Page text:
'Religious tourism': K-P aims to reclaim Gandhara era antiquities

Published: September 6, 2019
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The Fasting Buddha (Photo: BBC Urdu)

The Fasting Buddha (Photo: BBC Urdu)

PESHAWAR: The Khyber Pakhtunkhwa (K-P) government is making efforts for the repatriation of over 3,000 Gandhara period antiques that were discovered in K-P but are currently housed in other provinces of Pakistan.

According to a BBC Urdu report, the move comes as part of K-P’s drive to boost religious tourism in the culturally rich and historically significant northern province of the country.

 

Photo: BBC Urdu

Photo: BBC Urdu

Originating from an area that was once known as the ‘centre of education’ in the world and a pinnacle of Buddhist culture, around 3,150 Gandhara antiquities remain in possession of museums around the country, including the ‘Fasting Buddha’ presently at the Lahore Museum.

K-P Tourism Minister Atif Khan has urged officials to finalise preparations as the government plans to soon approach the inter-provincial coordination committee for the recovery of the artefacts.

Why are the antiques being brought back?

K-P Archaeology and Museums Director of Archeology Dr Abdul Samad told BBC Urdu that this was among the departments devolved to the provinces after the 18th Constitutional Amendment.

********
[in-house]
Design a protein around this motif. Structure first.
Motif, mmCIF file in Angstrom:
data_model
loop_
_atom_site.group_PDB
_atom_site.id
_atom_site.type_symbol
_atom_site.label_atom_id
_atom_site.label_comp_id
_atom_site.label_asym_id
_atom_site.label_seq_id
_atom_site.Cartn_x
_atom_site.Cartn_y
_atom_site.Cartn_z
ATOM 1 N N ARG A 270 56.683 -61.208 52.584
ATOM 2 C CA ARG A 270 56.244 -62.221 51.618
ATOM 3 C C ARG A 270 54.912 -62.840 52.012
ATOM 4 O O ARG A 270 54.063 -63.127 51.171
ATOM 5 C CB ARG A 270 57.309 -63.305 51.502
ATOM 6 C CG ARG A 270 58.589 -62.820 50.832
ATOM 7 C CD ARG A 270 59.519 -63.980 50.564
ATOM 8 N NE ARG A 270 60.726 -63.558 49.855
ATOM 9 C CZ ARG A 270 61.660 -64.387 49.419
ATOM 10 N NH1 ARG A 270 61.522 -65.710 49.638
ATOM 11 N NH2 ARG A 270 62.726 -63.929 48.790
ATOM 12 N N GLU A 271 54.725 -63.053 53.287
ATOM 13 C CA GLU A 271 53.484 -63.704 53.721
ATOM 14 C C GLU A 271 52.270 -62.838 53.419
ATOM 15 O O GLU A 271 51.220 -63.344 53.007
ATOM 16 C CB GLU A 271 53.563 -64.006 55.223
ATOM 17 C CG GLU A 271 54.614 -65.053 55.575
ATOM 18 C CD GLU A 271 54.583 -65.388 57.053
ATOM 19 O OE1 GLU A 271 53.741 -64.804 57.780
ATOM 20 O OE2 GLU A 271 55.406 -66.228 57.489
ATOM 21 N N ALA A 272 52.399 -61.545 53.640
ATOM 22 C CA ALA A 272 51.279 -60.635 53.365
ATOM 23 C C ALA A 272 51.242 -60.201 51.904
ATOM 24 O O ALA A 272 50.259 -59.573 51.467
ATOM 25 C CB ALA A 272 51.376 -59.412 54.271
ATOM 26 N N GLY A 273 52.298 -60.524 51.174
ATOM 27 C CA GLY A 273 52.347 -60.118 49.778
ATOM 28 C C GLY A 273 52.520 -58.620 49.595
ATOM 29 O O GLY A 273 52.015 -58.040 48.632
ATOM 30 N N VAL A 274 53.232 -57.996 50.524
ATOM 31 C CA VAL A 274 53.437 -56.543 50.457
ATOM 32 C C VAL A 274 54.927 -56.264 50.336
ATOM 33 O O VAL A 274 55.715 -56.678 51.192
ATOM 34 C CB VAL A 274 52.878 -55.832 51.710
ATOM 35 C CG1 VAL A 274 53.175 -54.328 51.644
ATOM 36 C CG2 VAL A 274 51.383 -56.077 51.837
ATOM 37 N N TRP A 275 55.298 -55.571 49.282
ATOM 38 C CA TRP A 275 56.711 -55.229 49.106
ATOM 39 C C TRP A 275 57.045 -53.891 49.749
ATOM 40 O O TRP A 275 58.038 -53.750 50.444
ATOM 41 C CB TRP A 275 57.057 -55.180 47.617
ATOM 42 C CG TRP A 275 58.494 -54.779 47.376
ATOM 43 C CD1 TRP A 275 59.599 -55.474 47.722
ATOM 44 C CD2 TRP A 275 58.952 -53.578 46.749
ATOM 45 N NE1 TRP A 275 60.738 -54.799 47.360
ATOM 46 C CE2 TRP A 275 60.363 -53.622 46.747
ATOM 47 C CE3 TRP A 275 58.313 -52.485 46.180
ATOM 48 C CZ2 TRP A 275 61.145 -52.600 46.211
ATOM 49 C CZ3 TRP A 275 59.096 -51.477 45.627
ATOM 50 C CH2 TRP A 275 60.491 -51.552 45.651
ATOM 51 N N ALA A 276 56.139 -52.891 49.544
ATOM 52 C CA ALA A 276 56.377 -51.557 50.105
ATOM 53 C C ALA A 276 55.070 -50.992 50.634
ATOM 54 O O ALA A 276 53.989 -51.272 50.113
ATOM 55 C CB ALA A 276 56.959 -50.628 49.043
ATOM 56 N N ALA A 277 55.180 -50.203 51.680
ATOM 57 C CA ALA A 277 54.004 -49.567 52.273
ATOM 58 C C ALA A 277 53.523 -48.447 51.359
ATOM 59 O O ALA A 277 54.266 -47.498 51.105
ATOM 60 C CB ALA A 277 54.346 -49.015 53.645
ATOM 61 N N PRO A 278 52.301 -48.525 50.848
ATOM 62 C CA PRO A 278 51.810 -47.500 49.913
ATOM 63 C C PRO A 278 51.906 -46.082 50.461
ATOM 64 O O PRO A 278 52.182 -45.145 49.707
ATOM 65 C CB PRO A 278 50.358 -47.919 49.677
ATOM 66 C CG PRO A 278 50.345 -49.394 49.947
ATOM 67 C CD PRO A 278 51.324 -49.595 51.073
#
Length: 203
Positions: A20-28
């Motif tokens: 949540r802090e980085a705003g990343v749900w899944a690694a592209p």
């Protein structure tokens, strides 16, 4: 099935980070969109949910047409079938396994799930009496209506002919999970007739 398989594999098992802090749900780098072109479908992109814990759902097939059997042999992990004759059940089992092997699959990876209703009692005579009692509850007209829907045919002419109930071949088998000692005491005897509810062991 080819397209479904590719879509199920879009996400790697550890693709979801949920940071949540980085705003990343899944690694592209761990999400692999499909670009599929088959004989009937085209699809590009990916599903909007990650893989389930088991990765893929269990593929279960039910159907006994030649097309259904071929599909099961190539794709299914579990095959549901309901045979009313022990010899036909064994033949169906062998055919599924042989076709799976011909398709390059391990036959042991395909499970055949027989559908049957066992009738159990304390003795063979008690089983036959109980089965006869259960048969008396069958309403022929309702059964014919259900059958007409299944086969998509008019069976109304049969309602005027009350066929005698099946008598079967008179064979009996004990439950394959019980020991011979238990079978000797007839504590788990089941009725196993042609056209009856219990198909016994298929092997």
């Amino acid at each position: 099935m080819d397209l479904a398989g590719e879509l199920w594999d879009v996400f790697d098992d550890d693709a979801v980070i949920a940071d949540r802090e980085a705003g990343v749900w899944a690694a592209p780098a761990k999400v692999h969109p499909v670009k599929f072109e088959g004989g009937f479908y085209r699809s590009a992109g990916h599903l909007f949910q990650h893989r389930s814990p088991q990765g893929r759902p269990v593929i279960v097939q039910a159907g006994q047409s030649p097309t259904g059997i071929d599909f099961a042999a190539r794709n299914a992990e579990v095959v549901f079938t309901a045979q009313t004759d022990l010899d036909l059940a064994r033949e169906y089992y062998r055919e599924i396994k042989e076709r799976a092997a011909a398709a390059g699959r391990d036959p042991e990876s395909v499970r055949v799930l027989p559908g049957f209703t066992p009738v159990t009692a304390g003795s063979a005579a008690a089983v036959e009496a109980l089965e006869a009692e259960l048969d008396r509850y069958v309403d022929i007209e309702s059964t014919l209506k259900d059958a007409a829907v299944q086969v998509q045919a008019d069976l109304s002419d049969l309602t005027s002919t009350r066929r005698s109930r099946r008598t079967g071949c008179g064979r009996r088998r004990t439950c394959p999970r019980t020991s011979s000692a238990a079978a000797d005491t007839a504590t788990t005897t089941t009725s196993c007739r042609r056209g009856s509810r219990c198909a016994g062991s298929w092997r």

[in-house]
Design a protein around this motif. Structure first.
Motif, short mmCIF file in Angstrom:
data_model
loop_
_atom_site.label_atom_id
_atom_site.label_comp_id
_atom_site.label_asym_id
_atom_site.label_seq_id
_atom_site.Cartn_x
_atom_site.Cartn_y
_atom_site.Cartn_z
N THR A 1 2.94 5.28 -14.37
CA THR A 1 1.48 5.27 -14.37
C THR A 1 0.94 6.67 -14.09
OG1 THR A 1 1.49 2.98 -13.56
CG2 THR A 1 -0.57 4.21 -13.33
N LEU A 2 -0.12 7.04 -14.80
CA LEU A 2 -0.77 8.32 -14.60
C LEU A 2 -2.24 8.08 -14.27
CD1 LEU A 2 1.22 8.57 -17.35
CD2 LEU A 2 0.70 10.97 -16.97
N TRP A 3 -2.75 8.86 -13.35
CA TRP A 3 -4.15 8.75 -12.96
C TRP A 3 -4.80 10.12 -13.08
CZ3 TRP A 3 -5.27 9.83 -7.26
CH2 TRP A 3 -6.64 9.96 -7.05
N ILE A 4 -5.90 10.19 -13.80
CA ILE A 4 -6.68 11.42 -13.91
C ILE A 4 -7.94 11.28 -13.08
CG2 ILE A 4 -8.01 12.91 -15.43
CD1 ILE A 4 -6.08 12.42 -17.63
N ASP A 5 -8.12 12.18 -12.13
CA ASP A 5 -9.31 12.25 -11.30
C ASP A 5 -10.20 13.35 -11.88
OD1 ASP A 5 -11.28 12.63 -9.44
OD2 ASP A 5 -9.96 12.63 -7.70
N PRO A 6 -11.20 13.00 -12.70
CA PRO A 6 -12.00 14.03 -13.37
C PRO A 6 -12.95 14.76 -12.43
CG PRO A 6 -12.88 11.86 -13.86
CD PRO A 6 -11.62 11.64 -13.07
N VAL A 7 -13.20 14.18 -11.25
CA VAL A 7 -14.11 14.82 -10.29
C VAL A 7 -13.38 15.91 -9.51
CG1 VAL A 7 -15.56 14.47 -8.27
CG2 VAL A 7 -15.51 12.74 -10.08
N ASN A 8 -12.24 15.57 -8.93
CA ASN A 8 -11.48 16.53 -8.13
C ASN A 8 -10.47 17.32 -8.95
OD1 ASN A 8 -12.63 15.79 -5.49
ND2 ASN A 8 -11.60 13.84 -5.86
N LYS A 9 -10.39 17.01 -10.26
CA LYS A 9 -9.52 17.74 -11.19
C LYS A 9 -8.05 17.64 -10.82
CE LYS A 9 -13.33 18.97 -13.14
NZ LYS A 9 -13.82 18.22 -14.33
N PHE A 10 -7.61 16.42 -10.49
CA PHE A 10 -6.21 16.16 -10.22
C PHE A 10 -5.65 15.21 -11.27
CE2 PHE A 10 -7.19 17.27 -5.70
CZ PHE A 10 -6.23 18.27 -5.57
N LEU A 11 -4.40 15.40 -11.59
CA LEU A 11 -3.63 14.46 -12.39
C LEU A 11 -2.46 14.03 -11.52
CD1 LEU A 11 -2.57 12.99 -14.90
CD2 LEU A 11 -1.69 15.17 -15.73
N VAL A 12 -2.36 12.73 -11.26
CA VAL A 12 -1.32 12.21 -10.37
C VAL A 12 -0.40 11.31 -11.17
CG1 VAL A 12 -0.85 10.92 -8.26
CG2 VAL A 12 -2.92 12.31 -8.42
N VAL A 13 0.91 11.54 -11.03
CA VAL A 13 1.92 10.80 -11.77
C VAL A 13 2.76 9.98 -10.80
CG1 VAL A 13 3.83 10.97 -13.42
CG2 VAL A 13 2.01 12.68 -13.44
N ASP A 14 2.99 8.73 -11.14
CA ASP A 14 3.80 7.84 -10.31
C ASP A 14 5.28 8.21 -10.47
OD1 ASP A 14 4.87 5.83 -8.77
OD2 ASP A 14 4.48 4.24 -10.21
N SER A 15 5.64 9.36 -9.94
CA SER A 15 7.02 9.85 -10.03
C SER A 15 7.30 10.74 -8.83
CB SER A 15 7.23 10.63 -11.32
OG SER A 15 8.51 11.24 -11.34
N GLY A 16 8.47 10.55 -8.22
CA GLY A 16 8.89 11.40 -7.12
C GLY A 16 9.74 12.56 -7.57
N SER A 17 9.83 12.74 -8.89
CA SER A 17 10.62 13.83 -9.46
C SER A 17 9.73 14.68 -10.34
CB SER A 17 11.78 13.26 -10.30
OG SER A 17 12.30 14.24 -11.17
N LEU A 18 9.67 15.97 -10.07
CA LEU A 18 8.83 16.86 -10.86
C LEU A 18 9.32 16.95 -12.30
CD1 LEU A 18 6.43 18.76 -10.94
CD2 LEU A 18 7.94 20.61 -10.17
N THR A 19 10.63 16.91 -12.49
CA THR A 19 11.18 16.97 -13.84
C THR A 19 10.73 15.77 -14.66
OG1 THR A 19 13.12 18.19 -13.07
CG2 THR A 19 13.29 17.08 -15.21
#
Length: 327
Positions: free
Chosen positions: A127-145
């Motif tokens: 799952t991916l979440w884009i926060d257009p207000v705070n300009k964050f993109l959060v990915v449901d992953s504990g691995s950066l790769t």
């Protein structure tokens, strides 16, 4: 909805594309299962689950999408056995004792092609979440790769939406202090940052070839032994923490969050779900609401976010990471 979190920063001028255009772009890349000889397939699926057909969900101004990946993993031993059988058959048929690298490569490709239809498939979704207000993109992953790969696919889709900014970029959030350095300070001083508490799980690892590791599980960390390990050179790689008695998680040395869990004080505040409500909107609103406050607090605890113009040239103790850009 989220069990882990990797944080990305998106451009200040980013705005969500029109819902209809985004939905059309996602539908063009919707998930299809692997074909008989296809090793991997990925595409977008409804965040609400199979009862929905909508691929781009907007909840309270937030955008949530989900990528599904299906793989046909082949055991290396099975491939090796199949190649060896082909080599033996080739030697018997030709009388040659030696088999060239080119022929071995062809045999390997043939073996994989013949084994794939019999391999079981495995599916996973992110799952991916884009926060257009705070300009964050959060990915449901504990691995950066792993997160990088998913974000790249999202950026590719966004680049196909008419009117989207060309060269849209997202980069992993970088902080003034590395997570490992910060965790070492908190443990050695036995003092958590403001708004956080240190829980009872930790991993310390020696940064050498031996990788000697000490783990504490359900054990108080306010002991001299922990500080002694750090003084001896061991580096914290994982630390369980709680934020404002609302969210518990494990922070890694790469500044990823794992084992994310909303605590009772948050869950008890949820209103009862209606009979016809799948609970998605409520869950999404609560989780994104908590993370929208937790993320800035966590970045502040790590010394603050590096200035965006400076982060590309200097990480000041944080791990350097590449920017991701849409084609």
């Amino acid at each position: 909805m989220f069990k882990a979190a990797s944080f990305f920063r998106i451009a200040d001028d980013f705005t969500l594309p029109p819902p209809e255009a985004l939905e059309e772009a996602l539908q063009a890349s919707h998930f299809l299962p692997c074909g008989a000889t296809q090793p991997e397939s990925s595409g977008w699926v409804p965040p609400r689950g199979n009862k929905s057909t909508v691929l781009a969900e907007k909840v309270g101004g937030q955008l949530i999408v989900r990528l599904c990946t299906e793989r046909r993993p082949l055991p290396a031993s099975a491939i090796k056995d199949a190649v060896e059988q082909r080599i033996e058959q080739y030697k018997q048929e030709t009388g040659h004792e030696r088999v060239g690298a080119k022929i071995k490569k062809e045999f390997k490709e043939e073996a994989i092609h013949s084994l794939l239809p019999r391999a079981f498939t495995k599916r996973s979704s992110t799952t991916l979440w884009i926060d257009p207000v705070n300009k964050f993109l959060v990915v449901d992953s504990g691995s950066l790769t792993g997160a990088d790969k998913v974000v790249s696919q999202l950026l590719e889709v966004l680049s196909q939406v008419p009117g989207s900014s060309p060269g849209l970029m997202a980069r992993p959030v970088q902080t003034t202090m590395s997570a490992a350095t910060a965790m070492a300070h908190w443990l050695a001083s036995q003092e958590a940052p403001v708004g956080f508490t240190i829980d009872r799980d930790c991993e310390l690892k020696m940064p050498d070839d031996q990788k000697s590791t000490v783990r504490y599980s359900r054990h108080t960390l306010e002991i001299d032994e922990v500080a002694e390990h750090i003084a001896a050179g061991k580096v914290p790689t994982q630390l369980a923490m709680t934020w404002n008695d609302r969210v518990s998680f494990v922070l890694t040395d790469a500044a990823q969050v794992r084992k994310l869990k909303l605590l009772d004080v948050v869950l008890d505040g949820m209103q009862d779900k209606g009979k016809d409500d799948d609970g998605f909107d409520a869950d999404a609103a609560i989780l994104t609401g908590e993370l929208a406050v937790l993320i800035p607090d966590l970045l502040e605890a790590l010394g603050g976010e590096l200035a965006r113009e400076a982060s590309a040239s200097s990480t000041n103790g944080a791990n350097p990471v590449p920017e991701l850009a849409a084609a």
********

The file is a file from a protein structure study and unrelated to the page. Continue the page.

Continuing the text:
Gandhara Art in Taxila Museum (Photo: BBC Urdu)

Gandhara Art in Taxila Museum (Photo: BBC Urdu)

“While K-P did get the powers and monetary benefits, it never got back its antiquities from the other provinces,” he said.

“Since the passage of the 18th Amendment in 2010, the inter-provincial coordination committee and other forums have been approached multiple times for the return of the antiques. However, those efforts never produced results. This is the latest attempt by the K-P government to bring back these precious artefacts.”

Remains of another statue of the 'Fasting Buddha', in Peshawar Museum (Photo: BBC Urdu)

Remains of another statue of the ‘Fasting Buddha’ in Peshawar Museum (Photo: BBC Urdu)

Past provincial governments in K-P had even referred the issue to UNESCO, stating that it is a universally accepted principle that archaeological material recovered from ancient sites located in a particular region is the property of that region and should be returned there.

It was also always a contention that the geographical boundaries of Gandhara were limited to present-day K-P, except for Taxila.

Resultantly, K-P authorities claim that Punjab and Sindh have no cultural, historical or legal right to artefacts from Gandhara.

 

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